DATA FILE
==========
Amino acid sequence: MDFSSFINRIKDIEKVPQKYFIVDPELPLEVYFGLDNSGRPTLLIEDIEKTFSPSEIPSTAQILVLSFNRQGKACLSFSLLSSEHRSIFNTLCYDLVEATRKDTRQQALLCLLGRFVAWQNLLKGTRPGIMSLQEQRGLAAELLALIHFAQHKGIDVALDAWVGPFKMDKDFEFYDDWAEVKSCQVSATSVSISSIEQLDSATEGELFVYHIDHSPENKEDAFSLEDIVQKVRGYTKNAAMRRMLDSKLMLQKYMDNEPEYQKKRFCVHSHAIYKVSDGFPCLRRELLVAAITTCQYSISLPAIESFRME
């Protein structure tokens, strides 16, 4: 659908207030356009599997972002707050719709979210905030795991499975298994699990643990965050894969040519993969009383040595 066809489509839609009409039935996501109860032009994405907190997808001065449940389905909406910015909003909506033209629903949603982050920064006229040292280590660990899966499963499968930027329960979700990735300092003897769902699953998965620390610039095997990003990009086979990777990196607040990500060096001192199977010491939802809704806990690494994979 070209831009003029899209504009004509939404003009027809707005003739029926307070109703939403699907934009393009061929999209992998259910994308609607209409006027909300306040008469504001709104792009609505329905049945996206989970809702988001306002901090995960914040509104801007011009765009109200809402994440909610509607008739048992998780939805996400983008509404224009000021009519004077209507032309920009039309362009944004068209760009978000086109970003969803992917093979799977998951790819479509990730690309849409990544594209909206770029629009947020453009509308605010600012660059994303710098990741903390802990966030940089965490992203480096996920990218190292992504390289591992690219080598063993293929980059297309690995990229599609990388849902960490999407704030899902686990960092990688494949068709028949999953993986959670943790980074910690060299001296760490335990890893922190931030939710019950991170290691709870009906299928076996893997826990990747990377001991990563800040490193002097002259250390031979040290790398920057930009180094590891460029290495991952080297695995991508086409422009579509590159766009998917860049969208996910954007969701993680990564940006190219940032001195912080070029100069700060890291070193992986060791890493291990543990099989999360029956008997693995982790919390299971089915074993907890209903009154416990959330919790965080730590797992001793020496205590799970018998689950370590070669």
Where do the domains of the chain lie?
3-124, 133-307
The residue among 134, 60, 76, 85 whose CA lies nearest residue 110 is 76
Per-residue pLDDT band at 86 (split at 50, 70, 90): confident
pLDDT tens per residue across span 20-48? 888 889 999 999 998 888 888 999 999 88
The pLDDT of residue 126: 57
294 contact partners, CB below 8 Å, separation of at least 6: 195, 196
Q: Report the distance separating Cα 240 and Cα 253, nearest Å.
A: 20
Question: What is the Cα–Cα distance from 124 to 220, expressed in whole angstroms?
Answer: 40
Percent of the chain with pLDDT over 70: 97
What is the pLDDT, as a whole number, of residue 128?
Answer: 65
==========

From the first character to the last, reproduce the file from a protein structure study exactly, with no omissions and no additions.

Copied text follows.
Amino acid sequence: MDFSSFINRIKDIEKVPQKYFIVDPELPLEVYFGLDNSGRPTLLIEDIEKTFSPSEIPSTAQILVLSFNRQGKACLSFSLLSSEHRSIFNTLCYDLVEATRKDTRQQALLCLLGRFVAWQNLLKGTRPGIMSLQEQRGLAAELLALIHFAQHKGIDVALDAWVGPFKMDKDFEFYDDWAEVKSCQVSATSVSISSIEQLDSATEGELFVYHIDHSPENKEDAFSLEDIVQKVRGYTKNAAMRRMLDSKLMLQKYMDNEPEYQKKRFCVHSHAIYKVSDGFPCLRRELLVAAITTCQYSISLPAIESFRME
């Protein structure tokens, strides 16, 4: 659908207030356009599997972002707050719709979210905030795991499975298994699990643990965050894969040519993969009383040595 066809489509839609009409039935996501109860032009994405907190997808001065449940389905909406910015909003909506033209629903949603982050920064006229040292280590660990899966499963499968930027329960979700990735300092003897769902699953998965620390610039095997990003990009086979990777990196607040990500060096001192199977010491939802809704806990690494994979 070209831009003029899209504009004509939404003009027809707005003739029926307070109703939403699907934009393009061929999209992998259910994308609607209409006027909300306040008469504001709104792009609505329905049945996206989970809702988001306002901090995960914040509104801007011009765009109200809402994440909610509607008739048992998780939805996400983008509404224009000021009519004077209507032309920009039309362009944004068209760009978000086109970003969803992917093979799977998951790819479509990730690309849409990544594209909206770029629009947020453009509308605010600012660059994303710098990741903390802990966030940089965490992203480096996920990218190292992504390289591992690219080598063993293929980059297309690995990229599609990388849902960490999407704030899902686990960092990688494949068709028949999953993986959670943790980074910690060299001296760490335990890893922190931030939710019950991170290691709870009906299928076996893997826990990747990377001991990563800040490193002097002259250390031979040290790398920057930009180094590891460029290495991952080297695995991508086409422009579509590159766009998917860049969208996910954007969701993680990564940006190219940032001195912080070029100069700060890291070193992986060791890493291990543990099989999360029956008997693995982790919390299971089915074993907890209903009154416990959330919790965080730590797992001793020496205590799970018998689950370590070669």
Where do the domains of the chain lie?
3-124, 133-307
The residue among 134, 60, 76, 85 whose CA lies nearest residue 110 is 76
Per-residue pLDDT band at 86 (split at 50, 70, 90): confident
pLDDT tens per residue across span 20-48? 888 889 999 999 998 888 888 999 999 88
The pLDDT of residue 126: 57
294 contact partners, CB below 8 Å, separation of at least 6: 195, 196
Q: Report the distance separating Cα 240 and Cα 253, nearest Å.
A: 20
Question: What is the Cα–Cα distance from 124 to 220, expressed in whole angstroms?
Answer: 40
Percent of the chain with pLDDT over 70: 97
What is the pLDDT, as a whole number, of residue 128?
Answer: 65